Toggle Main Menu Toggle Search

Open Access padlockePrints

Effects of the rearing environment complexity on laying hens’ spatial cognition: a holeboard test approach

Lookup NU author(s): Lucille Dumontier, Dr Tom SmuldersORCiD



This work is licensed under a Creative Commons Attribution 4.0 International License (CC BY 4.0).


The rearing environment of layer chicks can differ greatly in degree of complexity. With the industry moving towards cage-free housing systems, greater demands are placed on the birds’ cognitive abilities in order for them to find resources such as food, water and nest-boxes. Because early environmental complexity can influence cognition, we aimed at increasing our knowledge of how two different rearing environments affect the cognitive abilities of the hens. We habituated 64 hens to a spatial holeboard test, half of which were reared in cages and the other half in an aviary. Out of these 64 hens, 14 cage- and 14 aviary-reared White Leghorn hens were tested twice a day every workday in a holeboard test from 32 to 40 weeks of age. The test consisted of 4 consecutive phases, namely the uncued, cued, over-training and reversal phases, during which the hens had to find baits in a subset of cups in an arena. All cups were identical, so hens had to rely on spatial cues to find the baits which were always hidden in the same cups. During the cued phase, cues were added to the baited cups to give additional information to the hens. During the reversal phase, baits were hidden in a new subset of cups to study cognitive flexibility. The results show the birds were able to successfully complete the task. Aviary-reared hens had a higher reference memory score than cage-reared hens in the first block of the cued phase (F1,26 = 4.21, p < 0.05). Cage-reared hens also had a significantly higher latency to find the first bait than the aviary-reared hens for the uncued, cued and over-training phases (F1,26 = 5.26, p < 0.03; F1,26 = 6.32, p < 0.02; F1,26 = 6.29, p < 0.02). The same was observed for the transition between them (uncued-cued: F1,26 = 6.19, p < 0.02; cued-over-training: F1,26 = 5.87, p < 0.03). No significant treatment effects were found for the reversal phase. In conclusion, cage-reared hens were slower to find the first bait than aviary-reared hens and seemed to be more sensitive to changes in the environment, as shown by the differences during the transition between phases. Aviary-reared hens might therefore be better at adjusting to complex laying environments.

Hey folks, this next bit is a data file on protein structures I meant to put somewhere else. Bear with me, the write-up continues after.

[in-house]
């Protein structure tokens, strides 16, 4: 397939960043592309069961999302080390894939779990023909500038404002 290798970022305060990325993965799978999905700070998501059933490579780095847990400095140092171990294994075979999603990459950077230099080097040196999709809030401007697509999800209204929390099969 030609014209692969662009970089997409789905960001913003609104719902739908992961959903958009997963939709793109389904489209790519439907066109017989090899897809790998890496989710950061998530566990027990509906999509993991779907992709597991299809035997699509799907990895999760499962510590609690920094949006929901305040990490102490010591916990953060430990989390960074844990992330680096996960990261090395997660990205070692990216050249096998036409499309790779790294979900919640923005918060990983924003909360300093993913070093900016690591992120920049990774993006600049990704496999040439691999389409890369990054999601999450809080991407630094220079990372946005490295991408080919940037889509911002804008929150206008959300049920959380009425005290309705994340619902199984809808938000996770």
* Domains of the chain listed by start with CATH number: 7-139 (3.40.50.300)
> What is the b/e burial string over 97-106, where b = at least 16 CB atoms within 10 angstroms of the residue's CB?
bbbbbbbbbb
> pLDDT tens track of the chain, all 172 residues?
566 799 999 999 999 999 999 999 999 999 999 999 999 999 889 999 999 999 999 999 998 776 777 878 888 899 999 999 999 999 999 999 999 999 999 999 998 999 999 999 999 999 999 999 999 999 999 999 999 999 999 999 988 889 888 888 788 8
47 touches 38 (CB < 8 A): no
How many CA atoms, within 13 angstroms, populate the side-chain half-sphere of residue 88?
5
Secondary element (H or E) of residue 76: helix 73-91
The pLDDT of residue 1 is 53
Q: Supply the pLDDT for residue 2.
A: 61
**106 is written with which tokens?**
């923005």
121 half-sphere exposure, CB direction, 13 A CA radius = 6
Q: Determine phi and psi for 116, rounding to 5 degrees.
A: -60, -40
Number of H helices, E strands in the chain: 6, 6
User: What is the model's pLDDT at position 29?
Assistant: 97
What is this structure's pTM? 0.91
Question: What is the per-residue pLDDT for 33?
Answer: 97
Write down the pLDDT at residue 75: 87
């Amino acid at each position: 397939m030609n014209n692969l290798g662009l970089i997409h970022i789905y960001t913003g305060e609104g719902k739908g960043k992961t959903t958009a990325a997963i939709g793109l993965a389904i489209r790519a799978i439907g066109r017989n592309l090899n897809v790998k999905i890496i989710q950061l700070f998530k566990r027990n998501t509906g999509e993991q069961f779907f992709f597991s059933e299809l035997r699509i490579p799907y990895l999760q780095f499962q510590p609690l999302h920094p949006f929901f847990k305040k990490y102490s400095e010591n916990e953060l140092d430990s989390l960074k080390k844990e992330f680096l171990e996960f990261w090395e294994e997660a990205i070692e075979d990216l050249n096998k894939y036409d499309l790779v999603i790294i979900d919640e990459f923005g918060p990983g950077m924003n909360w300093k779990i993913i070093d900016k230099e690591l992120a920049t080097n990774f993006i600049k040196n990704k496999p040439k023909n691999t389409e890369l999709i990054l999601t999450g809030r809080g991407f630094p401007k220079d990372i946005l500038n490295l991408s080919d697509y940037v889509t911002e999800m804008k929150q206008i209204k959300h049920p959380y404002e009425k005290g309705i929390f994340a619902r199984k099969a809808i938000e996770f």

Publication metadata

Author(s): Dumontier L, Janczak AM, Smulders TV, Nordgreen J

Publication type: Article

Publication status: Published

Journal: Applied Animal Behaviour Science

Year: 2023

Volume: 260

Online publication date: 05/03/2023

Acceptance date: 02/03/2023

Date deposited: 05/04/2023

ISSN (print): 0168-1591

ISSN (electronic): 1872-9045

Publisher: Elsevier BV


DOI: 10.1016/j.applanim.2023.105878


Altmetrics provided by Altmetric


Funder referenceFunder name
European Union Horizon 2020